News | Antiplatelet and Anticoagulation Therapies | August 04, 2015

No Benefit in Adding Third Antiplatelet Drug for Older Patients

Study finds triple therapy has same event rate, more bleeding than dual antiplatelet therapy in patients with atrial fibrillation, heart attack

triple therapy, dual antiplatelet therapy, atrial fibrillation, heart attack, older patients, JACC

August 4, 2015 — Triple therapy is no better than dual antiplatelet therapy in preventing major adverse cardiac events in older patients with atrial fibrillation who had a heart attack treated with angioplasty, according to a new study. The study, published in the Journal of the American College of Cardiology, also found that triple therapy resulted in more complications.

Patients on a triple therapy regimen are treated with the blood thinner warfarin and two antiplatelet medications. When compared with patients receiving only dual antiplatelet treatment, patients on a triple therapy regimen had the same rates of adverse cardiac events but had a higher incidence of bleeding requiring hospitalization in the two years following discharge.

Using data from the National Cardiovascular Data Registry ACTION Registry-GWTG linked with Centers for Medicare and Medicaid Services data, researchers examined records between January 2007 and December 2010 from nearly 5,000 patients 65 years or older; all patients had a history of atrial fibrillation presenting with a heart attack and being treated with angioplasty and placement of a stent.

During the study period, researchers examined major adverse cardiac events, including death and readmission due to a heart attack or stroke, as well as readmission due to bleeding.

Researchers found that almost 28 percent of patients were discharged on triple therapy compared to 72 percent discharged on dual antiplatelet therapy. Those receiving triple therapy were more likely to be male, have a history of either angioplasty or coronary artery bypass surgery, and have a history of stroke. These patients also were frequently already on warfarin before admission to the hospital. In contrast, patients released on dual antiplatelet therapy were more likely to have had an in-hospital major bleeding event.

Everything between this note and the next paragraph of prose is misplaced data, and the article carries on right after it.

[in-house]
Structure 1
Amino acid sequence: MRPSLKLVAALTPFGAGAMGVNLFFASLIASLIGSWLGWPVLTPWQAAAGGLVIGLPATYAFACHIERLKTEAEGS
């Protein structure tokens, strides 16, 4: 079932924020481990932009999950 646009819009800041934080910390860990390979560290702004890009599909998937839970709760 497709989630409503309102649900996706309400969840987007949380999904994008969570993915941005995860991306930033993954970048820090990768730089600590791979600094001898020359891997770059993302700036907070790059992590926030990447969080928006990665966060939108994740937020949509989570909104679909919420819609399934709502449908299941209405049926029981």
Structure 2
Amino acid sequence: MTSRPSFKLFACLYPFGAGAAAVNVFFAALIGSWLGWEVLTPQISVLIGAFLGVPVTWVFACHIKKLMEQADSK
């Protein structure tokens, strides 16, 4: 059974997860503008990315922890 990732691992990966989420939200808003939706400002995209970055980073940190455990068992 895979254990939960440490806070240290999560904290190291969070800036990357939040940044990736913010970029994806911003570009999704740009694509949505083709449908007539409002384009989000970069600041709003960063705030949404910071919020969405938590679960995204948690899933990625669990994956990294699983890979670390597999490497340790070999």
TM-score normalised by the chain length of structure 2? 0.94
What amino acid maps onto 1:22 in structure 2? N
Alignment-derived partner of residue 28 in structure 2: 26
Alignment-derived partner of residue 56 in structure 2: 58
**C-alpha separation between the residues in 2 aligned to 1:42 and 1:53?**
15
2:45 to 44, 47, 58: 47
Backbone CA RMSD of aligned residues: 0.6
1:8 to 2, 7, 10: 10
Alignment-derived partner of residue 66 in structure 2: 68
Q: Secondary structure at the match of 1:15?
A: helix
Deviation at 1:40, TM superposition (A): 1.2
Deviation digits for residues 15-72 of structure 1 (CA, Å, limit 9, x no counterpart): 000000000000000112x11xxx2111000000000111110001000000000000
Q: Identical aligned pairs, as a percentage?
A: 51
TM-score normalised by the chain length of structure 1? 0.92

Results showed that after adjusting for patient, treatment, and hospital characteristics, triple therapy was not associated with a lower two-year risk of major adverse cardiac events compared to dual antiplatelet therapy. The risk of bleeding requiring hospitalization within two years after discharge was more than 6 percent higher for patients on triple therapy compared with those on a dual-therapy regimen.    

To verify findings from the primary study, researchers analyzed records from 1,591 Medicare Part D patients and found 93 percent continued to take warfarin 90 days after being discharged from the hospital. The findings from this secondary study were consistent with the results from the primary study: the risk of major adverse cardiac events had not been reduced, and the bleeding risk was higher.